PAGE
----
Please feel free to complain to TVNZ about their monsterous cock-up. Click HERE and you will be taken to a page on their website where you can do this. They are useless and they must be told.
I promise to be less grumpy next time. I might talk about kittens or something.
I trust everyone had a spectacular Christmas with their family and/or loved ones. I was treated to a wonderful week and a half in the Nelson region of New Zealand. As you can imagine this region was named after the one armed, half blind English admiral who managed to beat the French the same day he died. Good old French.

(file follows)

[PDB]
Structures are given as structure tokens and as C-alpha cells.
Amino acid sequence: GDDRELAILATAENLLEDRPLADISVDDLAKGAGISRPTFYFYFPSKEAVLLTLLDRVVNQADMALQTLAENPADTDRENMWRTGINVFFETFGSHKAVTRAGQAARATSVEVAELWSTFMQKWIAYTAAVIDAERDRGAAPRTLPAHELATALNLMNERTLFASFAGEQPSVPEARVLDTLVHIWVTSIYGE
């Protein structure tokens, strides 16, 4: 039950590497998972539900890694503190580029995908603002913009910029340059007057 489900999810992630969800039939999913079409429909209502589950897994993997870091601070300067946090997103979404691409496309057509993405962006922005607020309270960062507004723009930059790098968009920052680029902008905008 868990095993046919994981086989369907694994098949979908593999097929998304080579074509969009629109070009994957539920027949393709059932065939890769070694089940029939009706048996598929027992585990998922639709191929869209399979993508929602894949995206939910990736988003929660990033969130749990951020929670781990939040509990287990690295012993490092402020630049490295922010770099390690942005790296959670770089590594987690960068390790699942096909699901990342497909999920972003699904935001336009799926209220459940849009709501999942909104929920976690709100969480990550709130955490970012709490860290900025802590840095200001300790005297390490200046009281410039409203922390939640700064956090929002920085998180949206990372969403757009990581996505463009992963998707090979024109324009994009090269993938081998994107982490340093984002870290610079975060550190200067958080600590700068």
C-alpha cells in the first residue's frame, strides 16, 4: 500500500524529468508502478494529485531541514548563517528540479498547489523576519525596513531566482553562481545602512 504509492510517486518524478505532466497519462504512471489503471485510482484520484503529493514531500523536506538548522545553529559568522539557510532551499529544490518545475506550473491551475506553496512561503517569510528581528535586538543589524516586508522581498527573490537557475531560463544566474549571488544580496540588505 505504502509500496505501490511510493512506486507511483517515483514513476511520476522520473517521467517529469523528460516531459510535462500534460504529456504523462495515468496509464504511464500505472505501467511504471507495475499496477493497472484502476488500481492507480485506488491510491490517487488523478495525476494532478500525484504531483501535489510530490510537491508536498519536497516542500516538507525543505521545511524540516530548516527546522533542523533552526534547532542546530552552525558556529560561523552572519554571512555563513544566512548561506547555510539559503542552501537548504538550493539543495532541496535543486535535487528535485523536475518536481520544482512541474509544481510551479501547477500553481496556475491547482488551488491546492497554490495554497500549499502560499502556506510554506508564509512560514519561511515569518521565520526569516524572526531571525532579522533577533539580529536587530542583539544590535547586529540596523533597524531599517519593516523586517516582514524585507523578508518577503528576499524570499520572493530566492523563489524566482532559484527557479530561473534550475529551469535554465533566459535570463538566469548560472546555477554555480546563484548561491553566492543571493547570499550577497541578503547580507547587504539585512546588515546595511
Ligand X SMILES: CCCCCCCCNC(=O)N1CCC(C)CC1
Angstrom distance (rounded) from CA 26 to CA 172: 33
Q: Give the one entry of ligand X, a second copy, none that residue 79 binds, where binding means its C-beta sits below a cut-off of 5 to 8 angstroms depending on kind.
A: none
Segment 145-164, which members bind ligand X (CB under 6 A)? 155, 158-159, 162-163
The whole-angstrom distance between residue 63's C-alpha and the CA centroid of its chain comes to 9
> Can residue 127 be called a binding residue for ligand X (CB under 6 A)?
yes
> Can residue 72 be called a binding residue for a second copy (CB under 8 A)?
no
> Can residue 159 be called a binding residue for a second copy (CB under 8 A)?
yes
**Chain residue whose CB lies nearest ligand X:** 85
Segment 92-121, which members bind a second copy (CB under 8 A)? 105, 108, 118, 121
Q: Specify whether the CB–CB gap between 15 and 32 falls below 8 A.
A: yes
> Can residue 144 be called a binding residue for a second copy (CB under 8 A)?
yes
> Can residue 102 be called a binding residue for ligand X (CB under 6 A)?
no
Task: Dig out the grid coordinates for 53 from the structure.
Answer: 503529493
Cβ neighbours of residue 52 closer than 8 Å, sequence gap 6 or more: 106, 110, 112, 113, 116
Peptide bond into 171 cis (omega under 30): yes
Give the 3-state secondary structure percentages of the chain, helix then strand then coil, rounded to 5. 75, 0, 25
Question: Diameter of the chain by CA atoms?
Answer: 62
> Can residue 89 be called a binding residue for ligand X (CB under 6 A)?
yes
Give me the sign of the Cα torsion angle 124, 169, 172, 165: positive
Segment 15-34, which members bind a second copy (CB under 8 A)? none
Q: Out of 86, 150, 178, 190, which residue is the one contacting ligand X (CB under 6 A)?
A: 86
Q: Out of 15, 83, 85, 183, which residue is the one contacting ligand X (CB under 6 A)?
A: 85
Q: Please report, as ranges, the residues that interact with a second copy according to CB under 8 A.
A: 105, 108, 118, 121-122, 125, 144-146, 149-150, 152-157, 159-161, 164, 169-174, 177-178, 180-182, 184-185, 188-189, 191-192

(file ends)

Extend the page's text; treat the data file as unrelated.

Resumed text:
Christmas day was the usual intense family-based drink-a-thon, including the present opening parts and the I ate too much and sat in the sun and got sunburnt parts. Not that I got sunburnt parts from sitting outside, I just meant that I was…. I might just leave that justification there actually.
If you click HERE you will be taken, through the magical wonder that is the internet, to a series of electronic pictographs chronicling this most fantastic of holidays. Some of the pics actually look quite good.
I am now brown like Spike Lee, but I’m not planning at this stage to direct any controversial and hard-hitting biopics. I plan to relax for the rest of the holidays.
Have a super time if you are enjoying yourself. Remember to act responsibly, or if you can’t, act insanely, then people won’t bother you.